A Tale of Two Cities | Study Guide

Charles Dickens

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A Tale of Two Cities | Book 3, Chapter 9 : The Game Made | Summary



Mr. Jarvis Lorry is appalled that Jerry Cruncher has been body snatching illegally on the side, and threatens to report Jerry when they get back to England. But Jerry defends himself. First, they've worked together many years. Then, medical doctors bank at Tellson's and might right now be "a cocking their medical eyes at [an honest] tradesman [like Jerry] on the sly"; Lorry can't "sarse the goose and not the gander." Jerry says his son is old enough to take over Jerry's position at Tellson's, and Jerry can make amends by becoming a gravedigger and burying bodies rather than digging them up. Lorry softens slightly and says he needs to see Jerry repent "in action—not in words."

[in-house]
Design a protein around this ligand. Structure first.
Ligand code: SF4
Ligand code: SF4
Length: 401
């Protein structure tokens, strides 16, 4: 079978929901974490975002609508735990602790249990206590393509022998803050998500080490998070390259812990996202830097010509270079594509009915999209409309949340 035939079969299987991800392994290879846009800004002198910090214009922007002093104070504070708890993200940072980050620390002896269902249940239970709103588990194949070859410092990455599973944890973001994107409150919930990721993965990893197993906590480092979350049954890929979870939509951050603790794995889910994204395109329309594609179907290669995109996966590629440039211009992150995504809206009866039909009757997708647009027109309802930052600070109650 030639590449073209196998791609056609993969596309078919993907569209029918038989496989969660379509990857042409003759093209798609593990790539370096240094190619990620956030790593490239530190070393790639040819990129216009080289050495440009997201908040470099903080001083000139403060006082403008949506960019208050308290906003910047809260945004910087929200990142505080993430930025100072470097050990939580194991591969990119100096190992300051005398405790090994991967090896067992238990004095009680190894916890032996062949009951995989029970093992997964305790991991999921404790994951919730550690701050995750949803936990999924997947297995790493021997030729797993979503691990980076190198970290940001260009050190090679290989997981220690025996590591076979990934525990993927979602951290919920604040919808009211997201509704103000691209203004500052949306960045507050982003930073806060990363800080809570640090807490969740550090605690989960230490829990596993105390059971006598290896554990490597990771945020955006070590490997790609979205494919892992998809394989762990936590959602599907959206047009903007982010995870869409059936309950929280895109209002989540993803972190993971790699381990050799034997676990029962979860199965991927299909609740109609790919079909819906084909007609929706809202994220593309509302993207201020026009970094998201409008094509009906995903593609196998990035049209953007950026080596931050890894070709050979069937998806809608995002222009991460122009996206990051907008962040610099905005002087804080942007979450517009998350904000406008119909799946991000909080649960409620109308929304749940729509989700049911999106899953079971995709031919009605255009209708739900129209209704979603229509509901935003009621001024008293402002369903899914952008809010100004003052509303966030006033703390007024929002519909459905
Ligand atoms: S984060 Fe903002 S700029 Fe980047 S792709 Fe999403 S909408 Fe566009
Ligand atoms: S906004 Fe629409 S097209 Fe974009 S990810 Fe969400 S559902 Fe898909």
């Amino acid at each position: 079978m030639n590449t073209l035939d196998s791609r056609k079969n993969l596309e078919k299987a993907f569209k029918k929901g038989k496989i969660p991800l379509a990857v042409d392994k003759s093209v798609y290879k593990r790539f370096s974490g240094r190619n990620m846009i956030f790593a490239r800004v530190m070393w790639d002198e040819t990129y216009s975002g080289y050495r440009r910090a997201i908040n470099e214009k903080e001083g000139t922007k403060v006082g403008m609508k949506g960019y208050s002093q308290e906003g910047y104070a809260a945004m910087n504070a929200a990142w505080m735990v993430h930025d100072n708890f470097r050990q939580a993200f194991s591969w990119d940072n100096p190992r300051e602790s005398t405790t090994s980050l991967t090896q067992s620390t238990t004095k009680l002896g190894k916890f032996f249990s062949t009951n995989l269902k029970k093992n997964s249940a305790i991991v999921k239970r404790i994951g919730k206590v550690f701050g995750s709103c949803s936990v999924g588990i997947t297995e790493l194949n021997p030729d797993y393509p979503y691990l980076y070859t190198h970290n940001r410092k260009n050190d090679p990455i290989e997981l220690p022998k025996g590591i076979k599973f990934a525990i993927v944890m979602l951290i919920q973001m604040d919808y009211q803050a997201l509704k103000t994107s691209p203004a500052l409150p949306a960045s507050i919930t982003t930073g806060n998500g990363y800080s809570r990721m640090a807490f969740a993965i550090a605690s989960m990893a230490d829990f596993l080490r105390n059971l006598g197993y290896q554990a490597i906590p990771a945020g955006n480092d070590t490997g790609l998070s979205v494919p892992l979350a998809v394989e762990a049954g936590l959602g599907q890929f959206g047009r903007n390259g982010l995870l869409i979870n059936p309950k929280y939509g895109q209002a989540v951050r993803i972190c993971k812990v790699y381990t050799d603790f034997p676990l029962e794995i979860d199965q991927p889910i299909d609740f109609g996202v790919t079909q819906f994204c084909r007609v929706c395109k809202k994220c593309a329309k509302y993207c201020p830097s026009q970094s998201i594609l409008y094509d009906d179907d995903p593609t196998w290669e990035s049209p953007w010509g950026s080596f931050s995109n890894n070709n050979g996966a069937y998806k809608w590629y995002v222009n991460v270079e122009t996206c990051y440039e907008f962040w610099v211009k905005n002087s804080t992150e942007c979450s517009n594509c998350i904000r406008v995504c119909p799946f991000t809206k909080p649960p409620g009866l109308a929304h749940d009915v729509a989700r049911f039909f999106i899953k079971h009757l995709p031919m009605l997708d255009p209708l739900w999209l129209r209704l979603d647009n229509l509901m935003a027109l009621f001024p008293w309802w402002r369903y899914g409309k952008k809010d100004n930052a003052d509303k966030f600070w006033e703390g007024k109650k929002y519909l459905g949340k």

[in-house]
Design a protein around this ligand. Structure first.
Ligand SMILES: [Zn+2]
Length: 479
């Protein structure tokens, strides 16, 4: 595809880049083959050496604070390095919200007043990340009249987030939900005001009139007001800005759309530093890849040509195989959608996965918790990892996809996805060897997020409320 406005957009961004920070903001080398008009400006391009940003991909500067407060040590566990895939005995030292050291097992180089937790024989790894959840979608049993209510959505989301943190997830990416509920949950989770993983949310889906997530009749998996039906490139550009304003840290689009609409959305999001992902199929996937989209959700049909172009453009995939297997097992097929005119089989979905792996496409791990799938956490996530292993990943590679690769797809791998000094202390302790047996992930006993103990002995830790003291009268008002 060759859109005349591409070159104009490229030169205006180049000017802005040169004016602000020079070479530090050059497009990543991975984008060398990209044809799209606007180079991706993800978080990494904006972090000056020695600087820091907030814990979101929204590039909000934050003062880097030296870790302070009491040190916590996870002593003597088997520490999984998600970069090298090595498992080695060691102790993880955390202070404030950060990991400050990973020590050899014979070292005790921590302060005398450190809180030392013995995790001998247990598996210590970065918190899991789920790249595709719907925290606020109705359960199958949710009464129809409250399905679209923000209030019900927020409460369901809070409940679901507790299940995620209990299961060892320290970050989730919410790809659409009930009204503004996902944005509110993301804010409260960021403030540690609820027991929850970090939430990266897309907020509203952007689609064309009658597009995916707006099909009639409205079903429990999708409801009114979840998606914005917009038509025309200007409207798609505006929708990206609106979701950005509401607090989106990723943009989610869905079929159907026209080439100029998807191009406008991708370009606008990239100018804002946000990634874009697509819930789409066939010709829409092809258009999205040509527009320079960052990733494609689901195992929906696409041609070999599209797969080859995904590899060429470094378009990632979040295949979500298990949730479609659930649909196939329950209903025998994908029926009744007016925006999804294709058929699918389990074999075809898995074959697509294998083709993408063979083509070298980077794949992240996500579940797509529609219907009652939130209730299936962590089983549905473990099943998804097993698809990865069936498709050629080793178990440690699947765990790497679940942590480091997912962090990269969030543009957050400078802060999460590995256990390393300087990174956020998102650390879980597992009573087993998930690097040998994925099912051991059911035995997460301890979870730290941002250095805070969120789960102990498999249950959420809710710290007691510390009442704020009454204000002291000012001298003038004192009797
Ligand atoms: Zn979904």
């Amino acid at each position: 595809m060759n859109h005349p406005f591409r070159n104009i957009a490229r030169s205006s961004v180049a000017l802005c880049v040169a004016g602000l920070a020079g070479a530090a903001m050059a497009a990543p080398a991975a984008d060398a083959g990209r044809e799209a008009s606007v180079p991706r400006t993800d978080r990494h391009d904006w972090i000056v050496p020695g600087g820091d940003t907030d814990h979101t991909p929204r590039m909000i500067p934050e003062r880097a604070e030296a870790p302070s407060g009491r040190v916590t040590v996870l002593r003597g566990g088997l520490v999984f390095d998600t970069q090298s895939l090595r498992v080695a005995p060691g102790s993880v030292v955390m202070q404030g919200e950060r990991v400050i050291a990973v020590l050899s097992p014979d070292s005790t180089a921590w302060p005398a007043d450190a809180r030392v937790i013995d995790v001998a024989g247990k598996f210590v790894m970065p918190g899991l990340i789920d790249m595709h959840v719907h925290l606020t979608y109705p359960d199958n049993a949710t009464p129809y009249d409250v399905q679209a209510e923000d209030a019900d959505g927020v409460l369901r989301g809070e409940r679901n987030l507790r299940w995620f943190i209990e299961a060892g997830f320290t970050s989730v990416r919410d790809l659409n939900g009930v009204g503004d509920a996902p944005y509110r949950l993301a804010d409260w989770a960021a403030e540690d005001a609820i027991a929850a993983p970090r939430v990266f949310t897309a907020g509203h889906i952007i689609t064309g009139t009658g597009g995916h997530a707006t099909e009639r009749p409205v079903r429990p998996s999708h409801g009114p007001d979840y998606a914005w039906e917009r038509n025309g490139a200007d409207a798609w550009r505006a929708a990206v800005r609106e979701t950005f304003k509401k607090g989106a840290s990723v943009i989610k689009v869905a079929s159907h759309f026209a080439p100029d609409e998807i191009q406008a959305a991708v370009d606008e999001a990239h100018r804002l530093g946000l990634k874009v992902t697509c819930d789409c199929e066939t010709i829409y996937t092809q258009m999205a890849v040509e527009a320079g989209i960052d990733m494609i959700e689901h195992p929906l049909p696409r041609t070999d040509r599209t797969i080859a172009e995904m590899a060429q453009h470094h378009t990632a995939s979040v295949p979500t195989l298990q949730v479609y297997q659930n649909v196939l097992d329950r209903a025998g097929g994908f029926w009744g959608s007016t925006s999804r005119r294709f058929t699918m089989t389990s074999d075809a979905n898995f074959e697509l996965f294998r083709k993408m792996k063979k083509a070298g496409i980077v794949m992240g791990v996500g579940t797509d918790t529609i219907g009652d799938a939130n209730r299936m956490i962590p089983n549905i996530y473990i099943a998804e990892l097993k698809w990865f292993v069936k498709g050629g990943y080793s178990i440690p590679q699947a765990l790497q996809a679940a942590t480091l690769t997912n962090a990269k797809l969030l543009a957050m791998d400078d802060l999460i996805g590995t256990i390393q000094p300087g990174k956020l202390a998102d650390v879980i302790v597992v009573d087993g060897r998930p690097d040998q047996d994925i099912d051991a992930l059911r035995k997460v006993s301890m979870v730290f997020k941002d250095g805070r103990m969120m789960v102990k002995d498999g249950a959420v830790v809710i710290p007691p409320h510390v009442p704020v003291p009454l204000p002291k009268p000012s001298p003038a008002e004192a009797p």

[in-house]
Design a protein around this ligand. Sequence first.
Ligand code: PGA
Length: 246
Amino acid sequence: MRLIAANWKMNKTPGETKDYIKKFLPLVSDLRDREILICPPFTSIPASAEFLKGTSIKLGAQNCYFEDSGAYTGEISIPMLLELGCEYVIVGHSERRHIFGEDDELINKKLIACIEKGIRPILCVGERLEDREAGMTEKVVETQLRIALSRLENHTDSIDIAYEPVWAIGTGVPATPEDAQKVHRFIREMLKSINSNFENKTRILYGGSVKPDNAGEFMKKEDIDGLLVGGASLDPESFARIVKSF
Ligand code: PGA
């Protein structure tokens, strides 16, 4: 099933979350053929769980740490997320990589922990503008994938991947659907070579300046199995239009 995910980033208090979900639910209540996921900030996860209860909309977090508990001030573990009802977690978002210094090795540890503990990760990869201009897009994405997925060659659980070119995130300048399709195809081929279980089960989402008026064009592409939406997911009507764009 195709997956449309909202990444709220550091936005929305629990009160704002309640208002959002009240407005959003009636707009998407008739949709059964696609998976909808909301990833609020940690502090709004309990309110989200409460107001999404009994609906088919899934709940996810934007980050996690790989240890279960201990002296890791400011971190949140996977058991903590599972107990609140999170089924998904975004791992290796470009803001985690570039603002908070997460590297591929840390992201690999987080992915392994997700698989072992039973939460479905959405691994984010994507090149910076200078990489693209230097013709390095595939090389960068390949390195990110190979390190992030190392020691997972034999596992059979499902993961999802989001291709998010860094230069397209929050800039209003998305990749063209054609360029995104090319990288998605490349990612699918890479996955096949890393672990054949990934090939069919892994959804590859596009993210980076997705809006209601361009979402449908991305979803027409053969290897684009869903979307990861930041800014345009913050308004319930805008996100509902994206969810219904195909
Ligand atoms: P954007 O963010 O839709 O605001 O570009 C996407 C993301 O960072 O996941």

Sydney Carton comes out of the other room with Barsad and bids the spy "Adieu." Carton tells Lorry that if things don't go well for Darnay, he has access to the prisoner "once"; to ask more of Barsad would condemn him as surely as denouncing him would. They agree that access would not be enough to save him. Lorry cries. Carton tells him he is "a good man and a true friend," and Lorry, suddenly seeing "the better side" of Carton, takes the younger man's hand. Carton tells him not to tell Lucie, lest she think the meeting was to give Darnay some means of killing himself. Carton thinks he should not see Lucie and asks the older man not to mention him to her. He asks how she looks; Lorry replies, "Anxious and unhappy, but very beautiful." Carton's grief is apparent.